Liberia’s government has teamed up with UNICEF to build the first of what it calls “child friendly schools” in Liberia, in the border town of Ganta. The high tech school is part of a multi-million dollar initiative by the agency to help foster peace and prevent a recurrence of war in impoverished border communities. Organizers say the process of building the school has already changed peoples’ lives.
Six-year-old Salome Gaye is a prime example. In a few months time Salome and 270 other children will be the first pupils at the Charles Boyu Elementary and Junior High School.
“This school is being constructed around the border community and Ganta has been ideally selected, and it should be serving as a means to be able to prevent conflict and try to cement the peace that exists," says Mathew Flomo UNICEF Education Officer in Ganta.
"There will be a resource center that will have internet facilities in there. There will be a playground. It will be a public school owned and run by the Ministry of Education.”
Finley Pitt an Australian architect hired by UNICEF to supervise the building of the school says, “Ganta was chosen because it is close to Guinea. Like other border towns in Liberia, the flames of war were fanned in Ganta by cross border disputes between local communities. The new school is meant to prevent conflict from happening again by providing a community center to foster peace.”
UNICEF official talking to students in Ganta, Liberia
Finn’s description of the community center suggests a building that is designed to bring communities together. She says the three buildings are contained under a very large roof.
“You can see the holes in the ground ready to take the columns," says Finn. It’s a parasol roof that sits above the structures of each of the individual buildings. So it provides a focal point for the campus."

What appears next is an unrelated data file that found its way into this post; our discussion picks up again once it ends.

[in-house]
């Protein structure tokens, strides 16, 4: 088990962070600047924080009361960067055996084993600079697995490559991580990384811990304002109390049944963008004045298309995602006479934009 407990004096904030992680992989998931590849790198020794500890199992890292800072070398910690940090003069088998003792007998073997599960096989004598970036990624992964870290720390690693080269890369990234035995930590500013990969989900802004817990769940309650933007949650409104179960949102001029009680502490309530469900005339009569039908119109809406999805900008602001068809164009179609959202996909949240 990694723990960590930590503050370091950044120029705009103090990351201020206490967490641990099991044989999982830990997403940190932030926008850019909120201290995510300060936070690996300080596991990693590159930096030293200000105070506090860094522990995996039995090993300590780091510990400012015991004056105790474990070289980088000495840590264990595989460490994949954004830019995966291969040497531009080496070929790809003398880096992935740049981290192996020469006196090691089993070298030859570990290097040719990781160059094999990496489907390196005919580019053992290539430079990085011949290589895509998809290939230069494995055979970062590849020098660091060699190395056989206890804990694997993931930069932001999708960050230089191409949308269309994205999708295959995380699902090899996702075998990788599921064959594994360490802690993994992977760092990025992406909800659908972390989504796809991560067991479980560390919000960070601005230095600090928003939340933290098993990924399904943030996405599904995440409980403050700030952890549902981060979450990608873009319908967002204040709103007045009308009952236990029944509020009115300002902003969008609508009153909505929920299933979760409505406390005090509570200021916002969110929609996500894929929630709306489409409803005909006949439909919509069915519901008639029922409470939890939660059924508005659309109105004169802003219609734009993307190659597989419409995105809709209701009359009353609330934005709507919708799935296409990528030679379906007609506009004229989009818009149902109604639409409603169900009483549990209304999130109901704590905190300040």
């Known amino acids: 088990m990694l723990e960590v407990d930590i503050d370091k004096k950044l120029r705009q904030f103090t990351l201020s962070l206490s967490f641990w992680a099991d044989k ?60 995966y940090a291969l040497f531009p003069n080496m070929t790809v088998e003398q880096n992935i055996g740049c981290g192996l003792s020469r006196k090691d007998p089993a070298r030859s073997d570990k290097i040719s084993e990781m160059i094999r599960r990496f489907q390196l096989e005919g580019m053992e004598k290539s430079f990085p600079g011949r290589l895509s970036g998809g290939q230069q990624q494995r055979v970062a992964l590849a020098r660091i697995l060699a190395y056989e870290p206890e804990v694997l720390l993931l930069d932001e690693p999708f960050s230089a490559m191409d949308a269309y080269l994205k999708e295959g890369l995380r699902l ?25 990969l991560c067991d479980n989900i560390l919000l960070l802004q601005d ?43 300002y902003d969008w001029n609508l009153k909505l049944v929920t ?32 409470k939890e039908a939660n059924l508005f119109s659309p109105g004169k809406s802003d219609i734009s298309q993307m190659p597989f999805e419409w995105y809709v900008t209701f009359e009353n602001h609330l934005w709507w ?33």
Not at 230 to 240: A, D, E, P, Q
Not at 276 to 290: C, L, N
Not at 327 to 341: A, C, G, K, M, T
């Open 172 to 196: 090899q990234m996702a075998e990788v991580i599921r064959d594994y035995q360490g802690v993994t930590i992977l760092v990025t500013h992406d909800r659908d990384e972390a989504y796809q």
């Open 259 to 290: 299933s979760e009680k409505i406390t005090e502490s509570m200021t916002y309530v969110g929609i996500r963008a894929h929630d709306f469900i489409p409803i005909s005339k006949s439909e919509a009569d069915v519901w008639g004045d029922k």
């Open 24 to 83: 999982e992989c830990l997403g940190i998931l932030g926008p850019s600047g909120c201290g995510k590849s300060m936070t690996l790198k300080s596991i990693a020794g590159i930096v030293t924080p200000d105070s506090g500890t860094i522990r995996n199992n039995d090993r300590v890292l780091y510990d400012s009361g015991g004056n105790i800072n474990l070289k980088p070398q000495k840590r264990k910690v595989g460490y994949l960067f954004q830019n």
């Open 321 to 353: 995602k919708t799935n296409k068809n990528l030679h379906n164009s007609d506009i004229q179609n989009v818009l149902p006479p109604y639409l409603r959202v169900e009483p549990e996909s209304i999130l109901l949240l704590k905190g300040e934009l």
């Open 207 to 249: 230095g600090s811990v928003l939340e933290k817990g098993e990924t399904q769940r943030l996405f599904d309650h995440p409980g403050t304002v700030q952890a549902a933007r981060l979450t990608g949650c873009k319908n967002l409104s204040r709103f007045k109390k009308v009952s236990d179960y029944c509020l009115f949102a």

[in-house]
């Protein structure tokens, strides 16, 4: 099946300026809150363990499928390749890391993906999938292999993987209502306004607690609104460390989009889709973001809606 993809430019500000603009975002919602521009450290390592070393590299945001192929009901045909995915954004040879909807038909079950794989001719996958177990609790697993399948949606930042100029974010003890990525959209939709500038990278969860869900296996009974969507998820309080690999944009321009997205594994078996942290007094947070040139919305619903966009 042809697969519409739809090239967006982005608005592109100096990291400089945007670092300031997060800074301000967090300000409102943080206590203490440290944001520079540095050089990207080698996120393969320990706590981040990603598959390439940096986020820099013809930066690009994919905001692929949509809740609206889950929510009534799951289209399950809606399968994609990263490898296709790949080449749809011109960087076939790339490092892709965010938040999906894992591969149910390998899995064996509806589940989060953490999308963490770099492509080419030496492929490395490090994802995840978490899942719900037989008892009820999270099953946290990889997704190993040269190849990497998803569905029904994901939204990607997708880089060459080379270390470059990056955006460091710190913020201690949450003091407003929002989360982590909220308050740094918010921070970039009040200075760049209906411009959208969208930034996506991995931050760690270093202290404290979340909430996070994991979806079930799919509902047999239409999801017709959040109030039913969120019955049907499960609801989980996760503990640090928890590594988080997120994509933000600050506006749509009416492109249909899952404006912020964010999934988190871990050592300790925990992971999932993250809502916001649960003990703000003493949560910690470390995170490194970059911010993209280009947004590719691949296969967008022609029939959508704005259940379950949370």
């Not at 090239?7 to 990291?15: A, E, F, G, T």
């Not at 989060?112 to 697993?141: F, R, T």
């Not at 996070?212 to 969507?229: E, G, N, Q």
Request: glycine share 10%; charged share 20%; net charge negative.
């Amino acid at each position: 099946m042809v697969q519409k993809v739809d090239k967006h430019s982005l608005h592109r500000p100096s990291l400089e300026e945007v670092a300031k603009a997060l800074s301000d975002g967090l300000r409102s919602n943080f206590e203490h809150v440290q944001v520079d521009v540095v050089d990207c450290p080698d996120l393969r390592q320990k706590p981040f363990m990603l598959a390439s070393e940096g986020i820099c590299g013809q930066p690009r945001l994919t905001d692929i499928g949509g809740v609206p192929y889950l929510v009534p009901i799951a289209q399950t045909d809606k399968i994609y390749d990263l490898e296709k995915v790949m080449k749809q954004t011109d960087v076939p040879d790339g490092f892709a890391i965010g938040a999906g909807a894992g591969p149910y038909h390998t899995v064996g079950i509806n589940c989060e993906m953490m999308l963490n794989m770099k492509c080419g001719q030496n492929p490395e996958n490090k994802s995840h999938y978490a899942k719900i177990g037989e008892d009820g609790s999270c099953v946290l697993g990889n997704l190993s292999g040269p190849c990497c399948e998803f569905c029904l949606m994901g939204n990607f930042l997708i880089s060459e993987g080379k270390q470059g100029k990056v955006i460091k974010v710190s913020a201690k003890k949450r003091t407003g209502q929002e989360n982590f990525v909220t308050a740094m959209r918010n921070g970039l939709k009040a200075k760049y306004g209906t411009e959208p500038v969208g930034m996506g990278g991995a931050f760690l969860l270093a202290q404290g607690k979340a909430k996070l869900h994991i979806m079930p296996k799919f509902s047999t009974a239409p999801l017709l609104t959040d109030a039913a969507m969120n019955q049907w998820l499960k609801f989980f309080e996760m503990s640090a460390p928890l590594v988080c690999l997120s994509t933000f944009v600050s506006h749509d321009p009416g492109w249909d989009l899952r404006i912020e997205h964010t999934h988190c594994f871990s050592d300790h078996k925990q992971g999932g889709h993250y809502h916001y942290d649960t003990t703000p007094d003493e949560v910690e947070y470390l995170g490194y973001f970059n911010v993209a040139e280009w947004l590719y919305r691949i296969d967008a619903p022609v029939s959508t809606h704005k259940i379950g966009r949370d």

Finn points out that inside the community center there’s also resource center as well as a radio station.
The deadline for completion of the new school has been delayed because the local workforce had to learn international standards of construction.
Patrick Dolo, the principal of the St. Lawrence Catholic School.says, says like most schools in Liberia his pupils are older than they should be.
“I think it’s because of the war... and during the war we never had many schools …but right now we see UNICEF coming in and this is a very good idea. And we are very much happy,” Dolo says.
Experts say over-age students are more likely to drop out, or become teenage mothers. Mathew Flomo the UNICEF Education Officer for Ganta says it's one of the harmful consequences of poverty and war that the school would like to change.
According to Flomo the main goal is to make sure that children of the right school age are in the classes so grade one should be starting with six seven years olds. For this year he says they are concentrating on grades one to four.
Flomo says UNICEF plans to build 14 child friendly schools in Liberia’s border communities and 80 throughout West Africa.
The multimillion dollar projects are identified as the LABLAB, or Learning Along Borders for Living Across Bounderies.
According to Flomo, the LABLAB initiative aims to bring together the four West African countries [Sierra Leone, Liberia, Guinea and Cote D’Ivoire] countries engaged in conflict.
Though the process of building the school has been challenging, UNICEF architect Finley Pitt believes in the core vision, which is to nurture a bright new generation of Africans.
“I think the best achievement for me," says Pitt, "will be having classrooms full of Liberian children learning in a nice environment that will go on to become future leaders of Liberia. That for me will be fantastic."